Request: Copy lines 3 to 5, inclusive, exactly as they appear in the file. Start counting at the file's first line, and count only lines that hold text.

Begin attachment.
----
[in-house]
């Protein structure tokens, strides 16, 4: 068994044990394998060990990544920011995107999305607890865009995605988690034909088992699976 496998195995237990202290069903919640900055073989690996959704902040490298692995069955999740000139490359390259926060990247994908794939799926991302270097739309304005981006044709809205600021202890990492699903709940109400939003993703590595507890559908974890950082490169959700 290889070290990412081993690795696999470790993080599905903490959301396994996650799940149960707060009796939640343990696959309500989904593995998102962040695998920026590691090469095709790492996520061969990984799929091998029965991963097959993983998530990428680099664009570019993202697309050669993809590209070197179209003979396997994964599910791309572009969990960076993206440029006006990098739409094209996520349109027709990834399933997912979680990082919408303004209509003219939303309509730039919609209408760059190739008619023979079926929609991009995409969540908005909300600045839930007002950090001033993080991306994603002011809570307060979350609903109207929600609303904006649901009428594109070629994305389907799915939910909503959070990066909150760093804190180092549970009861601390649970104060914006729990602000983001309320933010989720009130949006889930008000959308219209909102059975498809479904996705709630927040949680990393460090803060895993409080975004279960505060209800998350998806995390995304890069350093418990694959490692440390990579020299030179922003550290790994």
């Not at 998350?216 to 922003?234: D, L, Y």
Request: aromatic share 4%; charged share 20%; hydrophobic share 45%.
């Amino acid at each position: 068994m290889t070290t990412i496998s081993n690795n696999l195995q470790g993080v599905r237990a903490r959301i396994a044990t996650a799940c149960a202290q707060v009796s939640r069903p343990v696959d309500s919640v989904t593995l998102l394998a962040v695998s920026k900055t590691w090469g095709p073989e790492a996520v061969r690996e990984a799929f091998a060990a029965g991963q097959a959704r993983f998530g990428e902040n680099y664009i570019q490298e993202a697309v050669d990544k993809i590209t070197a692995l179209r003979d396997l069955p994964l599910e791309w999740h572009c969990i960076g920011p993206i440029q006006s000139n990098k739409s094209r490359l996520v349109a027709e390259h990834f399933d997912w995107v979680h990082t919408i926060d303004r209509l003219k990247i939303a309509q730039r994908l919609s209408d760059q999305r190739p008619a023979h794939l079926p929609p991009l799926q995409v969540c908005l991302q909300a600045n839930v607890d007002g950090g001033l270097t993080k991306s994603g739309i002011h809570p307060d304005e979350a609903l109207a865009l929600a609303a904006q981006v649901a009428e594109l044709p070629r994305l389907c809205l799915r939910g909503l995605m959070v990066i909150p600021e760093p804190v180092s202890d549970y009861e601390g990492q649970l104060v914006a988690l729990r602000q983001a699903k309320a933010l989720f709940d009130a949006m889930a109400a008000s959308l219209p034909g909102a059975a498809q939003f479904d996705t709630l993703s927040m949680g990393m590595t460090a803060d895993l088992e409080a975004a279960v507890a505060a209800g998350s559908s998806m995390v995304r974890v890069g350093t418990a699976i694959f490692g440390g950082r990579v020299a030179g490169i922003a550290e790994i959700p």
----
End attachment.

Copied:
């Not at 998350?216 to 922003?234: D, L, Y």
Request: aromatic share 4%; charged share 20%; hydrophobic share 45%.
């Amino acid at each position: 068994m290889t070290t990412i496998s081993n690795n696999l195995q470790g993080v599905r237990a903490r959301i396994a044990t996650a799940c149960a202290q707060v009796s939640r069903p343990v696959d309500s919640v989904t593995l998102l394998a962040v695998s920026k900055t590691w090469g095709p073989e790492a996520v061969r690996e990984a799929f091998a060990a029965g991963q097959a959704r993983f998530g990428e902040n680099y664009i570019q490298e993202a697309v050669d990544k993809i590209t070197a692995l179209r003979d396997l069955p994964l599910e791309w999740h572009c969990i960076g920011p993206i440029q006006s000139n990098k739409s094209r490359l996520v349109a027709e390259h990834f399933d997912w995107v979680h990082t919408i926060d303004r209509l003219k990247i939303a309509q730039r994908l919609s209408d760059q999305r190739p008619a023979h794939l079926p929609p991009l799926q995409v969540c908005l991302q909300a600045n839930v607890d007002g950090g001033l270097t993080k991306s994603g739309i002011h809570p307060d304005e979350a609903l109207a865009l929600a609303a904006q981006v649901a009428e594109l044709p070629r994305l389907c809205l799915r939910g909503l995605m959070v990066i909150p600021e760093p804190v180092s202890d549970y009861e601390g990492q649970l104060v914006a988690l729990r602000q983001a699903k309320a933010l989720f709940d009130a949006m889930a109400a008000s959308l219209p034909g909102a059975a498809q939003f479904d996705t709630l993703s927040m949680g990393m590595t460090a803060d895993l088992e409080a975004a279960v507890a505060a209800g998350s559908s998806m995390v995304r974890v890069g350093t418990a699976i694959f490692g440390g950082r990579v020299a030179g490169i922003a550290e790994i959700p």